How to Easily Cook Tender Vegetables
Blanching – boiling briefly before being immersed in an ice bath – is a standard method used to cook vegetables, which tend to lose their color and texture if you expose them to heat for too long. But even a quick boil can be too strong for some of the delicate parts of the plant, and that’s when cookbook author Abra Behrens turns to artificial blanching.
In an article for Food52, Behrens describes a story of love, loss, and tricolor green beans:
I brought them home so pumped up to make a salad. I brushed each one, becoming more and more aroused as each color passed through my fingers. Then I whitewashed them and what was neon purple turned gray-green. I got pissed off which was admittedly unwise.
Not wanting to accept the dull gray beans, Behrens approached the next batch more cautiously. Instead of blanching all three colors, she boiled yellow and green and then simply poured the boiling water over purple, making them bright and crispy, but no longer soggy.
It’s ingenious to me, and perfect for those moments when you just want to smooth out the rough edge of a green (or purple) subject while keeping most of its fresh color and texture. It works with green beans, asparagus, shaved fennel, or just about any tender and / or thinly sliced vegetables (see the Food52 article below for a complete list of Behrens’ suggestions). You can use water that you have already boiled (such as grains or pasta), or you can bring a kettle or saucepan to a boil for this special purpose. If you are traveling, this is a good way to prepare some vegetables at the hotel simply by running water through the coffee maker.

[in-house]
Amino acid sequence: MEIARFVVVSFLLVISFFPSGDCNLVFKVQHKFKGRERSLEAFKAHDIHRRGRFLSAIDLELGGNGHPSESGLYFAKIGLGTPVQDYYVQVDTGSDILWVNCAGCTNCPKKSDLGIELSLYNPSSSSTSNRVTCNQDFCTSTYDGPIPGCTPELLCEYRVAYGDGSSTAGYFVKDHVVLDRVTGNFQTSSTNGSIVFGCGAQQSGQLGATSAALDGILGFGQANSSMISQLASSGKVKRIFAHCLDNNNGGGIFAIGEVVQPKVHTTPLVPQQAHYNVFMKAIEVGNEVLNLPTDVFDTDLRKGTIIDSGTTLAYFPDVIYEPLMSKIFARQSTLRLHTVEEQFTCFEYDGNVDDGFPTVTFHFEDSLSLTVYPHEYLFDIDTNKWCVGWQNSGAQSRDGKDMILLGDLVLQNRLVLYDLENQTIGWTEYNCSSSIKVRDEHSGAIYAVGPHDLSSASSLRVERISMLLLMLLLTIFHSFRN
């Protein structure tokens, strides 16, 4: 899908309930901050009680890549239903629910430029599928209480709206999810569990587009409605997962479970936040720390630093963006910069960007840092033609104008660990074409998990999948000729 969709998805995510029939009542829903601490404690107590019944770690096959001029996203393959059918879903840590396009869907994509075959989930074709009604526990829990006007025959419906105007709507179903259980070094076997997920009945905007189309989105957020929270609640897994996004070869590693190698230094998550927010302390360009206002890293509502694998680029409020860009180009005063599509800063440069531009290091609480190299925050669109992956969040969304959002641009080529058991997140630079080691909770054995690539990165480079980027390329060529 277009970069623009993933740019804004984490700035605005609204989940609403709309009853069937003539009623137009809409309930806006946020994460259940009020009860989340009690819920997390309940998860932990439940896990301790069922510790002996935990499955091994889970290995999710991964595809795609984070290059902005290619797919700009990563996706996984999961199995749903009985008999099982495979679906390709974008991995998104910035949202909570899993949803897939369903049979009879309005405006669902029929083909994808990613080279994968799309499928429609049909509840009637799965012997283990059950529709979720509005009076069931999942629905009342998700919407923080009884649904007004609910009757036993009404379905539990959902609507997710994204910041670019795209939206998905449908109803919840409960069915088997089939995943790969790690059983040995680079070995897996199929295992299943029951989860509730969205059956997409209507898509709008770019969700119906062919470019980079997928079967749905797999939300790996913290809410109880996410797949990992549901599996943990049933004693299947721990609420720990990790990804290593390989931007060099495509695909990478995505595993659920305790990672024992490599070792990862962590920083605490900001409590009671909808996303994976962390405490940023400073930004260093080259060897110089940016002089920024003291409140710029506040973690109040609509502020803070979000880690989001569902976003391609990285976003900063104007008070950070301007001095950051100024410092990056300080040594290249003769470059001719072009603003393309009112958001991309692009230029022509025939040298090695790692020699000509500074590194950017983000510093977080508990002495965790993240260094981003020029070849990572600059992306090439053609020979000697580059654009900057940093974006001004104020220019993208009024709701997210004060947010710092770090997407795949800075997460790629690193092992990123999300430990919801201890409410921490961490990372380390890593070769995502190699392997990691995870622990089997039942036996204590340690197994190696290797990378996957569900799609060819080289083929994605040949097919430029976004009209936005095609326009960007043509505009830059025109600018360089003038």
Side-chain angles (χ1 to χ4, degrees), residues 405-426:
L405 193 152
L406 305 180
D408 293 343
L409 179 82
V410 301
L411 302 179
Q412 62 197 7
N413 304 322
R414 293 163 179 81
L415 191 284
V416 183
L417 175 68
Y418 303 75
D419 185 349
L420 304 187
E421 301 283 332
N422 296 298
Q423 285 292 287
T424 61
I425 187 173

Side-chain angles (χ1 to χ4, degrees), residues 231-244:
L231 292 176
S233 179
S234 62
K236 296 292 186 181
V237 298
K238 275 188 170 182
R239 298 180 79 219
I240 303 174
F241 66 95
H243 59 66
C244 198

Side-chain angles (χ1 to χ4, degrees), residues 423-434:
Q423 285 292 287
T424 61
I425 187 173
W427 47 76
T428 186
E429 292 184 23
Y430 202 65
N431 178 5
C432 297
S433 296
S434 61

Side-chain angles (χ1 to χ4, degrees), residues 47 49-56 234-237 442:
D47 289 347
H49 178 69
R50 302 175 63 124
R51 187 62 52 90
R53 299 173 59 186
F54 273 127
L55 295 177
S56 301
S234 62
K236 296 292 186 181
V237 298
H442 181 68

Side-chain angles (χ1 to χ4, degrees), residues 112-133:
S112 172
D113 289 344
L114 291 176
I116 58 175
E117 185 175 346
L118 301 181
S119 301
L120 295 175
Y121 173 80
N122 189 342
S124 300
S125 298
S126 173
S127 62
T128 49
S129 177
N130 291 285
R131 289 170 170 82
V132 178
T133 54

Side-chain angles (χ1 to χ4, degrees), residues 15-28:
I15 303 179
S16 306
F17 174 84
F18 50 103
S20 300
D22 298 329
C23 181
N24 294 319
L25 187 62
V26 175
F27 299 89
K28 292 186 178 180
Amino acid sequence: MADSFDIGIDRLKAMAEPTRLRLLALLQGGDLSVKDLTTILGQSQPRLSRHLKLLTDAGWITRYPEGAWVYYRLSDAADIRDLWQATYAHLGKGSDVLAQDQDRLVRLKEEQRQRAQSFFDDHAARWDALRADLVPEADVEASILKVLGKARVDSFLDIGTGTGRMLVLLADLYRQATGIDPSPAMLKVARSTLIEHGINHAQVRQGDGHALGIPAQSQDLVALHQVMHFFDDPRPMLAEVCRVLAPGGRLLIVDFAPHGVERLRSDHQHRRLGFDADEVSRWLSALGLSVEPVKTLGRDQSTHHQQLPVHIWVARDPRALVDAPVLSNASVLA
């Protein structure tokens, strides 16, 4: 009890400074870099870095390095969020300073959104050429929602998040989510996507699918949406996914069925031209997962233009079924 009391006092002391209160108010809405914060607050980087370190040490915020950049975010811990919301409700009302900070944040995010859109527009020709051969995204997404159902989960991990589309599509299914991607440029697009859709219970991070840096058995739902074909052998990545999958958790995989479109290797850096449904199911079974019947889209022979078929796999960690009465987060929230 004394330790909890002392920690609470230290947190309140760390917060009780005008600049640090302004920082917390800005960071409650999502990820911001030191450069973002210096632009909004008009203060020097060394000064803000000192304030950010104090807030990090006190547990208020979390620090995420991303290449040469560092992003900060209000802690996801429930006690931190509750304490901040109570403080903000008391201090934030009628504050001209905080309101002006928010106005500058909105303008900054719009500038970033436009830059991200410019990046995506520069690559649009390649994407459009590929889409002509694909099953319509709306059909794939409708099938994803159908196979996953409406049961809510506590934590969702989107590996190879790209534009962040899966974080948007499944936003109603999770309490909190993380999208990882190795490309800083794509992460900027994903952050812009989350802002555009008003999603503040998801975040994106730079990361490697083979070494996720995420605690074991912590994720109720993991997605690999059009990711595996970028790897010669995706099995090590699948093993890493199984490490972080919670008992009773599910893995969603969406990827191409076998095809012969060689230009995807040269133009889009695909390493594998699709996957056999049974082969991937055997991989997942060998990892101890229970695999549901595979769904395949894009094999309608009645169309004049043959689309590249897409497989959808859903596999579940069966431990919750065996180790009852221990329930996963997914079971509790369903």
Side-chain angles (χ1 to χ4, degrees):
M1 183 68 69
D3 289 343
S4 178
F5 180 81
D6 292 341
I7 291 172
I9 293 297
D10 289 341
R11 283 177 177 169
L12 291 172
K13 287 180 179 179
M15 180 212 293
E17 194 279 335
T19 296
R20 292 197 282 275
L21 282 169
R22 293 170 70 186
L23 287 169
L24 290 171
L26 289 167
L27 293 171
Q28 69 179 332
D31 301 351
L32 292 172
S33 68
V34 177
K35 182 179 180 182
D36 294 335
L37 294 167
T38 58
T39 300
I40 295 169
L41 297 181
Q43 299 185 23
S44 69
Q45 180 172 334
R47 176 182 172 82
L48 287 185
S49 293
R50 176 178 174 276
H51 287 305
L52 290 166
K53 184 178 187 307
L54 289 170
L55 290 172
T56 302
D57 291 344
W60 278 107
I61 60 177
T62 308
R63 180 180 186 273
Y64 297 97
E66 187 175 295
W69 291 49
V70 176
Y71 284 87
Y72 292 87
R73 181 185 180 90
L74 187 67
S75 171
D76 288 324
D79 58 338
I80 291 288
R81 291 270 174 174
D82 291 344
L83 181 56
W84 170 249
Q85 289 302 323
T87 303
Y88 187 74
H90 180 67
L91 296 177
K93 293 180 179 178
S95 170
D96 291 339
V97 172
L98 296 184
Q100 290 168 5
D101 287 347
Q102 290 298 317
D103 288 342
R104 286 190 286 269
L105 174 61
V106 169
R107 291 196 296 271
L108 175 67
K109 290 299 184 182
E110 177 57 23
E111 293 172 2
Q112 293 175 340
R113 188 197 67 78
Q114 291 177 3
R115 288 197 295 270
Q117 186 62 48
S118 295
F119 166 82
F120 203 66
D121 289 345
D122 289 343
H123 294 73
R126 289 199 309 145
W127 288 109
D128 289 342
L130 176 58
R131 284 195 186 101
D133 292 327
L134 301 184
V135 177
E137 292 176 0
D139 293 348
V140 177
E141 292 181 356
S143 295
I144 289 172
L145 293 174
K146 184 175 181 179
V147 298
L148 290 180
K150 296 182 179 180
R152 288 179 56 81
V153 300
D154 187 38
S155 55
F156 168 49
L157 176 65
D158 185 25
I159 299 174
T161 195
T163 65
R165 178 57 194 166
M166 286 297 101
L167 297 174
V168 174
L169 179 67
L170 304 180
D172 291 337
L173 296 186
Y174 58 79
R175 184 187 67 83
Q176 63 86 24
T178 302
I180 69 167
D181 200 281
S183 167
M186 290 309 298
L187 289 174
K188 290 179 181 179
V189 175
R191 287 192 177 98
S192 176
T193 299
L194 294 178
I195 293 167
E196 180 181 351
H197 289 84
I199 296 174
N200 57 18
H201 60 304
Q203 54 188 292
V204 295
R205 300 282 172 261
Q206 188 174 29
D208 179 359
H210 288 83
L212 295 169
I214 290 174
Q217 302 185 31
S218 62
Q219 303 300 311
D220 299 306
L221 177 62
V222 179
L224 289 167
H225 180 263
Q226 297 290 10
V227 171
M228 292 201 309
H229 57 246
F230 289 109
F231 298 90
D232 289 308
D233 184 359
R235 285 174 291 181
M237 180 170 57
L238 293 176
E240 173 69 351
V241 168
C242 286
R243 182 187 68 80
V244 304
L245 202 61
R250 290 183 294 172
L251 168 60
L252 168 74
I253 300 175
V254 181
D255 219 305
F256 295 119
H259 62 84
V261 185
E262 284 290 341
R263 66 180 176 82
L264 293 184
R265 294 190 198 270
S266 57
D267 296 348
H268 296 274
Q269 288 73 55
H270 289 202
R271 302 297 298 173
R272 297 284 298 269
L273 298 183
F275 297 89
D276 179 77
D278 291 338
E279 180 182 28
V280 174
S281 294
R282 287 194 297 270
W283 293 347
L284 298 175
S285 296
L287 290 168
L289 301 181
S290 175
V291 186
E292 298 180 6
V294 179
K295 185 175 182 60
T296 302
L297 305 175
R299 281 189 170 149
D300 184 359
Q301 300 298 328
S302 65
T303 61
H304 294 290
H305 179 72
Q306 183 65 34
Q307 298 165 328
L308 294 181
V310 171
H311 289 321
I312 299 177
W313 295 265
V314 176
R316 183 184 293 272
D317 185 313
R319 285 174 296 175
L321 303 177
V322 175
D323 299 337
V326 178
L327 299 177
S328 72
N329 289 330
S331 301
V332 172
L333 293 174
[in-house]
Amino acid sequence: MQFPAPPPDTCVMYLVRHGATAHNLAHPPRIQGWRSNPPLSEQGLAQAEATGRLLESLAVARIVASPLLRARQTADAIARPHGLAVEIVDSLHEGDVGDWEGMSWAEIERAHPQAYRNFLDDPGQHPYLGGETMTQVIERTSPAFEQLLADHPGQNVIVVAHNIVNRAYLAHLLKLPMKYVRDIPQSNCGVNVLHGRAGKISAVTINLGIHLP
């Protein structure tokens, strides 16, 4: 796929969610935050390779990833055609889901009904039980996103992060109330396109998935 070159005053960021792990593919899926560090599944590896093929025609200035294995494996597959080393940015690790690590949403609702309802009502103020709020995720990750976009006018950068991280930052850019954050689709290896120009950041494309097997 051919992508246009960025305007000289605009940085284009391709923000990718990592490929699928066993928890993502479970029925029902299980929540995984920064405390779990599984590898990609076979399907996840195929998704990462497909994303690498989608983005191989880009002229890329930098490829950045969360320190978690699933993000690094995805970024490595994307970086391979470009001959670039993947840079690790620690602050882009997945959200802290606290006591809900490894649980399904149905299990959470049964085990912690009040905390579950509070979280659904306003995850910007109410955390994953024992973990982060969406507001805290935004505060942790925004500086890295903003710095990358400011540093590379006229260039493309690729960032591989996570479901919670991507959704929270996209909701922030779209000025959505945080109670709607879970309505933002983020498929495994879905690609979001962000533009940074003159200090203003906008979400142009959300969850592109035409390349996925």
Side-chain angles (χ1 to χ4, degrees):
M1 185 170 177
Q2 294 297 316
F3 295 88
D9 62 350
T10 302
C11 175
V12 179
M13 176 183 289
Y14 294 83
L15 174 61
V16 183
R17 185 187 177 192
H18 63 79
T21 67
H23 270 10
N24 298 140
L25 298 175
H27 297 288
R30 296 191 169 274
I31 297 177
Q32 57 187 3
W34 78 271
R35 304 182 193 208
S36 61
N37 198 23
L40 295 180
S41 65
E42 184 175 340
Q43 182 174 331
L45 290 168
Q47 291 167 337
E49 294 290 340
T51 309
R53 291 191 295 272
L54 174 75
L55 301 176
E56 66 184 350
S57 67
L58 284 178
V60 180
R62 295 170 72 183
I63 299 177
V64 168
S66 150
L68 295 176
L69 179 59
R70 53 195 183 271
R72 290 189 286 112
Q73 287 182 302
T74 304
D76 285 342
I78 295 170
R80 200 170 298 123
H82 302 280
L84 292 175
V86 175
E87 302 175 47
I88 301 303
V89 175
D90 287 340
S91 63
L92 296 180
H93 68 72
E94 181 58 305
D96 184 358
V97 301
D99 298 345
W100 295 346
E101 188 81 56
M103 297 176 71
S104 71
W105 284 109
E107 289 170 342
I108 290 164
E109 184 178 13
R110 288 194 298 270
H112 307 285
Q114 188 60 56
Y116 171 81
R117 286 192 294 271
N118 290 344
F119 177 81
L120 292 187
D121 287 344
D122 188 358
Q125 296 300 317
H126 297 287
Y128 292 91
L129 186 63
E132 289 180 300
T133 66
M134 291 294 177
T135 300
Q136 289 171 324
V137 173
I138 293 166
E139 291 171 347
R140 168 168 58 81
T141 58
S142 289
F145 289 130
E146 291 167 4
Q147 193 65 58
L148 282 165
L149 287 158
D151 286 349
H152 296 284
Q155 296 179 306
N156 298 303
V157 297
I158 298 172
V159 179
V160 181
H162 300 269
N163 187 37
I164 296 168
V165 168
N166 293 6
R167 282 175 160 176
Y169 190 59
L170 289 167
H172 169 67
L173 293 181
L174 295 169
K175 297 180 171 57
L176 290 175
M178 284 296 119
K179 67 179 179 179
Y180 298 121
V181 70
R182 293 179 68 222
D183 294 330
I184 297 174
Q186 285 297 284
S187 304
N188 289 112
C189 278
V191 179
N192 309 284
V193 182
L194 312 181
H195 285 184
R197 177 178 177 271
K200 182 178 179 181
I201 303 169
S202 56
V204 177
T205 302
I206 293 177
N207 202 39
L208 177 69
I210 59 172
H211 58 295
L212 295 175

Try it next time you’re making a cheese platter or salad that’s high in vegetables. If you still have a little too much crunchiness in the boiling water at one time, you can always try a second one, although Behrens says that once was always enough for her. I love the idea of artificially blanching peas, especially fresh snow peas or frozen English peas. People always digest peas.